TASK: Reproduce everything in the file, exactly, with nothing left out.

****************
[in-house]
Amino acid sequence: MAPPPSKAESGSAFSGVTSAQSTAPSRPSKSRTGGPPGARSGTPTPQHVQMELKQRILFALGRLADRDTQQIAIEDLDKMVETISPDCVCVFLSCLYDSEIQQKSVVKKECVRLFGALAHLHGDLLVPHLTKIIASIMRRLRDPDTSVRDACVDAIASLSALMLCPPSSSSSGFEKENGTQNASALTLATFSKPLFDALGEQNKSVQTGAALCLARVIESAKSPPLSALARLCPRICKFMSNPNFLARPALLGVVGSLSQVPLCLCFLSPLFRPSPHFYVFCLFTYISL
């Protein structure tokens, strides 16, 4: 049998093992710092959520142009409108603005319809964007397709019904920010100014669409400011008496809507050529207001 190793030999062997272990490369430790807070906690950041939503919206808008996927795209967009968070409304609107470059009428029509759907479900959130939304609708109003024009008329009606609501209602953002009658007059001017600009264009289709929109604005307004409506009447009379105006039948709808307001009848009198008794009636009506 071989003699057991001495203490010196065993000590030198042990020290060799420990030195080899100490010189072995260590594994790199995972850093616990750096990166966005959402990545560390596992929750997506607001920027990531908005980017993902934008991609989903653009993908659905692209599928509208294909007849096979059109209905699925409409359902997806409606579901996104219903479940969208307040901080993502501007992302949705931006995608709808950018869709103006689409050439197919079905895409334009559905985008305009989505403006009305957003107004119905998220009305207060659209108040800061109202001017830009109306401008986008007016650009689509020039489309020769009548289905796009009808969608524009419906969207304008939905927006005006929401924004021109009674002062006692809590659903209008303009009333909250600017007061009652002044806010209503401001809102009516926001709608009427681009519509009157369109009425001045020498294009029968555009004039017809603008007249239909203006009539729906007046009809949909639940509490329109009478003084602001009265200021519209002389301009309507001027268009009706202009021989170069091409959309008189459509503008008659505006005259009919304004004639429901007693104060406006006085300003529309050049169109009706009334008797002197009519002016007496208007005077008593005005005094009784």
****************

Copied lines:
[in-house]
Amino acid sequence: MAPPPSKAESGSAFSGVTSAQSTAPSRPSKSRTGGPPGARSGTPTPQHVQMELKQRILFALGRLADRDTQQIAIEDLDKMVETISPDCVCVFLSCLYDSEIQQKSVVKKECVRLFGALAHLHGDLLVPHLTKIIASIMRRLRDPDTSVRDACVDAIASLSALMLCPPSSSSSGFEKENGTQNASALTLATFSKPLFDALGEQNKSVQTGAALCLARVIESAKSPPLSALARLCPRICKFMSNPNFLARPALLGVVGSLSQVPLCLCFLSPLFRPSPHFYVFCLFTYISL
């Protein structure tokens, strides 16, 4: 049998093992710092959520142009409108603005319809964007397709019904920010100014669409400011008496809507050529207001 190793030999062997272990490369430790807070906690950041939503919206808008996927795209967009968070409304609107470059009428029509759907479900959130939304609708109003024009008329009606609501209602953002009658007059001017600009264009289709929109604005307004409506009447009379105006039948709808307001009848009198008794009636009506 071989003699057991001495203490010196065993000590030198042990020290060799420990030195080899100490010189072995260590594994790199995972850093616990750096990166966005959402990545560390596992929750997506607001920027990531908005980017993902934008991609989903653009993908659905692209599928509208294909007849096979059109209905699925409409359902997806409606579901996104219903479940969208307040901080993502501007992302949705931006995608709808950018869709103006689409050439197919079905895409334009559905985008305009989505403006009305957003107004119905998220009305207060659209108040800061109202001017830009109306401008986008007016650009689509020039489309020769009548289905796009009808969608524009419906969207304008939905927006005006929401924004021109009674002062006692809590659903209008303009009333909250600017007061009652002044806010209503401001809102009516926001709608009427681009519509009157369109009425001045020498294009029968555009004039017809603008007249239909203006009539729906007046009809949909639940509490329109009478003084602001009265200021519209002389301009309507001027268009009706202009021989170069091409959309008189459509503008008659505006005259009919304004004639429901007693104060406006006085300003529309050049169109009706009334008797002197009519002016007496208007005077008593005005005094009784």